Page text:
BEIJING -- China's multi-billion yuan health reform plan has aroused people's hope for changes to its creaking medical system, which has long been a key source of public discontent.
The plan, passed on Wednesday by the State Council, or Cabinet, promised to spend 850 billion yuan (US$123 billion) by 2011 to provide a universal primary medical service to the country's 1.3 billion people.
The plan, the draft of which was widely criticized by the public as being too general and full of empty words, received positive response from most scholars.
"It is much more specific than the draft," Cai Renhua, dean of the School of Public Health of the Shanghai Jiao Tong University told Xinhua on Thursday. "It sets clear goals and money to be spent."
"But we still need a detailed timetable. We need to know how the plan is to be implemented," he said.
According to media reports, an implementation scheme (2009-2011) was adopted by the State Council on Wednesday along with the plan. But so far, the full texts of the plan and the scheme have not been publicized.
The health care sector is one of the weak links in China's social welfare system. Soaring medical fees, a lack of access to affordable medical services, poor doctor-patient relations and low medical insurance coverage compelled the government to launch the new round of reforms.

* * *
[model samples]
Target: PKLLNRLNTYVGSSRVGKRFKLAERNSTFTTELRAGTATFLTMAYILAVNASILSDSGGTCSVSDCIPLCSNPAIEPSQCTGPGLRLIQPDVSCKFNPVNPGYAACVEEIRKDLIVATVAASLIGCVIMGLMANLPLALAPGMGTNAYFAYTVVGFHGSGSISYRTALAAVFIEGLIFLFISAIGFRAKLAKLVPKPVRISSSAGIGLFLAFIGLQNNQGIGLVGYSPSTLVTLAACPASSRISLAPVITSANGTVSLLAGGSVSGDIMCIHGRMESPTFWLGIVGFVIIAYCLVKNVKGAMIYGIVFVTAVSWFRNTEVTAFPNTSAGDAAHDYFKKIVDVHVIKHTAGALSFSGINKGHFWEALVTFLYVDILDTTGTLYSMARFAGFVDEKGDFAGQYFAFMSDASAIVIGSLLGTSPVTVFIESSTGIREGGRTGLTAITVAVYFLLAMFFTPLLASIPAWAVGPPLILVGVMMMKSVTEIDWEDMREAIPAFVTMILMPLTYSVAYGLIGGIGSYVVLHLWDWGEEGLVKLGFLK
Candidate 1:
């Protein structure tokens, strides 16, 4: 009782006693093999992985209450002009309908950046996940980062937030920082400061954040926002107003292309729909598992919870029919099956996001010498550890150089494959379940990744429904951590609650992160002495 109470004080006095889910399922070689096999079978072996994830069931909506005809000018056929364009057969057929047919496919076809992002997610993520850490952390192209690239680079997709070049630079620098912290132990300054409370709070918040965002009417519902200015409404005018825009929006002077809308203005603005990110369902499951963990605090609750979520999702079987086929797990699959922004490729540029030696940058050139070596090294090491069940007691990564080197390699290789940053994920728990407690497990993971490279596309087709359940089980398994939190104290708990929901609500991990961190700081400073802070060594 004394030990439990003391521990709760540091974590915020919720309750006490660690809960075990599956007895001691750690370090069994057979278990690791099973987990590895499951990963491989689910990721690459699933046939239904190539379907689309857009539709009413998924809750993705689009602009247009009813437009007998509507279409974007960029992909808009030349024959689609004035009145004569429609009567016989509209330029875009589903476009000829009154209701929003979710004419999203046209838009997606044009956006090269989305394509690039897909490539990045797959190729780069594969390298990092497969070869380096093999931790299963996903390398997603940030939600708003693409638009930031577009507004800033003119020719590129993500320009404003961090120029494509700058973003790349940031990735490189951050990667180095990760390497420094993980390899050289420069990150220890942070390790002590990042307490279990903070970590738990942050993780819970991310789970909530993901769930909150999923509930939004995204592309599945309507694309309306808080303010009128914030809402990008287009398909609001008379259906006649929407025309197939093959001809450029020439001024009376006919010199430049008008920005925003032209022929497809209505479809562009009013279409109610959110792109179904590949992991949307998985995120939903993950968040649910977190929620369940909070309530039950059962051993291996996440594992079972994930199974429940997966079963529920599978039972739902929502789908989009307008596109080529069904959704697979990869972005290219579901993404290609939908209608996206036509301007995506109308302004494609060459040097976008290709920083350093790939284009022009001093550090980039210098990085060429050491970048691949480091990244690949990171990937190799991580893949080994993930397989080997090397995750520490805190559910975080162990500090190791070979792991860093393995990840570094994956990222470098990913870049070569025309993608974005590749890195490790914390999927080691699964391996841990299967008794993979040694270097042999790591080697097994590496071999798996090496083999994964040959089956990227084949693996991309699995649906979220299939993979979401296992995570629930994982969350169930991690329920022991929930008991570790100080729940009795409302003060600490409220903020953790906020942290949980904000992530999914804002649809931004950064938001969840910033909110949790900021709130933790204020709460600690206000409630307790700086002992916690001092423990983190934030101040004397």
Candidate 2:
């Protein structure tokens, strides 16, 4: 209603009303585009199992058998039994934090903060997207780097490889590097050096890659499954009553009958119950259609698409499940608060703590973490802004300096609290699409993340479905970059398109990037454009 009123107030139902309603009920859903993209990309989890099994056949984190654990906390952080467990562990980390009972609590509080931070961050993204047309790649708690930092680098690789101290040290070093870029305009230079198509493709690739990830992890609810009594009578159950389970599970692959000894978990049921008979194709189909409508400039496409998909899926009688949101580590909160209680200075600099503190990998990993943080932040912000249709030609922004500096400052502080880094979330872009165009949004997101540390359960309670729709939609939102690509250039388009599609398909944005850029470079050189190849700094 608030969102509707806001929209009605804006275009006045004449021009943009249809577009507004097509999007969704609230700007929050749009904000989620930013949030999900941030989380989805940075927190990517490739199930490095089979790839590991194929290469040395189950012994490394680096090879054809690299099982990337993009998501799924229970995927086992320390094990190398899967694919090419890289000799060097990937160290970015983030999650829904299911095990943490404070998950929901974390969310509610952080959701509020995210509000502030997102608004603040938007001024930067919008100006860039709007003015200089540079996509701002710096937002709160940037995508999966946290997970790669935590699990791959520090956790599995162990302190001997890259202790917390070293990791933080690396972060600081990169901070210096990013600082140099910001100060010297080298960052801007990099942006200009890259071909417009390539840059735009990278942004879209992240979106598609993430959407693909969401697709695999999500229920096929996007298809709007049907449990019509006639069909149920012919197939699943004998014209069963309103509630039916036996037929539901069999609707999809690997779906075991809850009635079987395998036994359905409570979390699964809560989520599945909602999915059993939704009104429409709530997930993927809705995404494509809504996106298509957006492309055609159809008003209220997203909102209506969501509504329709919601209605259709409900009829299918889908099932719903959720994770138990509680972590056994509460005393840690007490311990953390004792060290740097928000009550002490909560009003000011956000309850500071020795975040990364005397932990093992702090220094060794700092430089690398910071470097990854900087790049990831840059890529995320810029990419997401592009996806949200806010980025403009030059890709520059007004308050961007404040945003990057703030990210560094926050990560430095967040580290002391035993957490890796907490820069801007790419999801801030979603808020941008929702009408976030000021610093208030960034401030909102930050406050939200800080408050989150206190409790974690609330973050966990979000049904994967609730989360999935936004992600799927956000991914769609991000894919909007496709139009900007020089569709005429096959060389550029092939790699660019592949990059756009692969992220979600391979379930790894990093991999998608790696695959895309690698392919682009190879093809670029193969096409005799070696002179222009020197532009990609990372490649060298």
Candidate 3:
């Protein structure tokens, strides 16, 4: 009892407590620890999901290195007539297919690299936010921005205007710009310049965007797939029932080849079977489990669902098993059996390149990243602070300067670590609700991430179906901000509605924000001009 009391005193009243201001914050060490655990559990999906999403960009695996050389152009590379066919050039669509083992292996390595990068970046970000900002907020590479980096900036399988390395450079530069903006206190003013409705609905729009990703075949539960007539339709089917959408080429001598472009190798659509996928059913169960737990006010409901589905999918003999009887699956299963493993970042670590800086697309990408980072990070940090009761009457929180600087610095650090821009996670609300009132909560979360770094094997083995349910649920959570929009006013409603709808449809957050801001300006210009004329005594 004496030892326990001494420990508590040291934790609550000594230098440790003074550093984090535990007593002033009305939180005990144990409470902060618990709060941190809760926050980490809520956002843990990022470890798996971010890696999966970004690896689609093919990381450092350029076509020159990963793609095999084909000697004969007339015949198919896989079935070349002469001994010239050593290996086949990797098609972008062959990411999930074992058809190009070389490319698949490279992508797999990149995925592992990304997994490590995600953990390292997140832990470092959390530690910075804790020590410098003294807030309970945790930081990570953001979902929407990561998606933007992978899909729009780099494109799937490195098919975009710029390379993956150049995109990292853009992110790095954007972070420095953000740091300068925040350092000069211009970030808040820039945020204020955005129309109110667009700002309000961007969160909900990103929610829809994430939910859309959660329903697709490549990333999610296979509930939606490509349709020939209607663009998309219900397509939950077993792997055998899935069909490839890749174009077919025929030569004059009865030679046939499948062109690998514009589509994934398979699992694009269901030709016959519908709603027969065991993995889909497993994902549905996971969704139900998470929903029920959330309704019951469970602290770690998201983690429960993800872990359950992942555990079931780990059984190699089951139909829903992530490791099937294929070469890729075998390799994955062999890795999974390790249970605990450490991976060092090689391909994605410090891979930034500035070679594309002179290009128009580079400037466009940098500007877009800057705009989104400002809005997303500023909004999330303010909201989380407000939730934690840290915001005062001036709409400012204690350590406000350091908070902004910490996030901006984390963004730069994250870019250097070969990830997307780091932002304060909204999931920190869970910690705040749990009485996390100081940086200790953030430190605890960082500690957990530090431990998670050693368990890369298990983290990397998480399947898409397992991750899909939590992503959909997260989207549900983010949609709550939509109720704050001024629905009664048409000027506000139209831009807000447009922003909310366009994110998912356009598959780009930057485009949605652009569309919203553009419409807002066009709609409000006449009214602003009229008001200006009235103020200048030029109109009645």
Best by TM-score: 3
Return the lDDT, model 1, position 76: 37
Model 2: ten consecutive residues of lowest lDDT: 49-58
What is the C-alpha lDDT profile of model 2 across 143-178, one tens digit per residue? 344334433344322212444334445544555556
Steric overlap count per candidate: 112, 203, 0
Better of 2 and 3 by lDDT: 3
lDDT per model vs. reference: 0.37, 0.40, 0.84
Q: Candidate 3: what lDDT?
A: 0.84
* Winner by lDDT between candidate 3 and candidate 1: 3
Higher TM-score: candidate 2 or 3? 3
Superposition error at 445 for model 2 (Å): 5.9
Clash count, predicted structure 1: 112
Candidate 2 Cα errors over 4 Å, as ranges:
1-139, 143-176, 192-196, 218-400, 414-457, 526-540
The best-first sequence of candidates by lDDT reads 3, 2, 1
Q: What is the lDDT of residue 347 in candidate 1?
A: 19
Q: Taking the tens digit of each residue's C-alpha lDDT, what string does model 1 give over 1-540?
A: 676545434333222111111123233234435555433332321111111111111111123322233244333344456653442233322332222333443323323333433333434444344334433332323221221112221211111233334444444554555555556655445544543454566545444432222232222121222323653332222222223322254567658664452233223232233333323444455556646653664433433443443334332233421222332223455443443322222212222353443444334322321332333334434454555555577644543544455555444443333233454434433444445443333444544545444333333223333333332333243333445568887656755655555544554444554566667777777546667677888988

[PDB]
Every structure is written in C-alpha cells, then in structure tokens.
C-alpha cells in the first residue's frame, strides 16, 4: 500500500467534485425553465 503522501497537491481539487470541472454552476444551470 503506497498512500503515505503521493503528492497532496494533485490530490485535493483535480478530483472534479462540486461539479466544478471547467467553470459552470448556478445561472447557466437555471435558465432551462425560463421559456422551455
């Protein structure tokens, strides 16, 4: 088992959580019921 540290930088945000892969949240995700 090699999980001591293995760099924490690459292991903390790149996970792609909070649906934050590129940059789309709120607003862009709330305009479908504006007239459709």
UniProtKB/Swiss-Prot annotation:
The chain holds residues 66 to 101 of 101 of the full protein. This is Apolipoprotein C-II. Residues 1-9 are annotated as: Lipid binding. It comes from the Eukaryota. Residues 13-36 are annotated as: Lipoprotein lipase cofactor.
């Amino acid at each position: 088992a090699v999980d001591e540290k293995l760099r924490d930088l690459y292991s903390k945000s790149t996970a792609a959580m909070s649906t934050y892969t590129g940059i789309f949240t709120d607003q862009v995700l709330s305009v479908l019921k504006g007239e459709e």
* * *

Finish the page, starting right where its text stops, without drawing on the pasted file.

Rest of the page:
Li Ling, professor with the National School of Development of the Peking University, said the announcement of multi-billion health care investment against the background of the financial crisis, will help stimulate China's domestic demand.
"People's purchasing capacity will increase if they don't have to worry about expensive medical fees," she said.
Calling the new plan "a good new year gift (from the government)", Li said the upcoming reforms coincide with China's efforts to build a harmonious society. "It will be a milestone during China's transition to a modern country."
China began reforming its medical system in 1992 as it tried to abolish a system under which governments covered more than 90 percent of medical expenses to switch to a market-oriented one.
Li, who had been invited to draft the reform plan in 2006, said the reform of public hospitals will be at the heart of the reforms.
Health Minister Chen Zhu said two weeks ago that China aims to increase government subsidies to public hospitals to cut their involvement with drug sales so as to cut drug prices, medical supply prices and physical check-up fees.
Chen said the government will select several cities to try out reforms in public hospitals. The trial period will last until 2011.
Chinese netizens responded to the reform plan with mixed views. At the news channel of the www.qq.com, netizens left more than 12,000 comments in less than one day.
Some left positive responses, but many continued to pour out complaints about high medical fees and poor medical services.
"It (the criticism) is understandable," professor Cai Renhua said. "So far we only know the goals and principles of the reform. People need to see substantial benefits."
Some netizens called for free medical services for all Chinese citizens. Professor Li said a "free for all" scheme is "impossible" in China. "Even for developed counties, it is difficult."
Li said health care reform is a difficult task around the world. "I am glad to see that the government is determined to push forward the reform, which has the public good as its goal."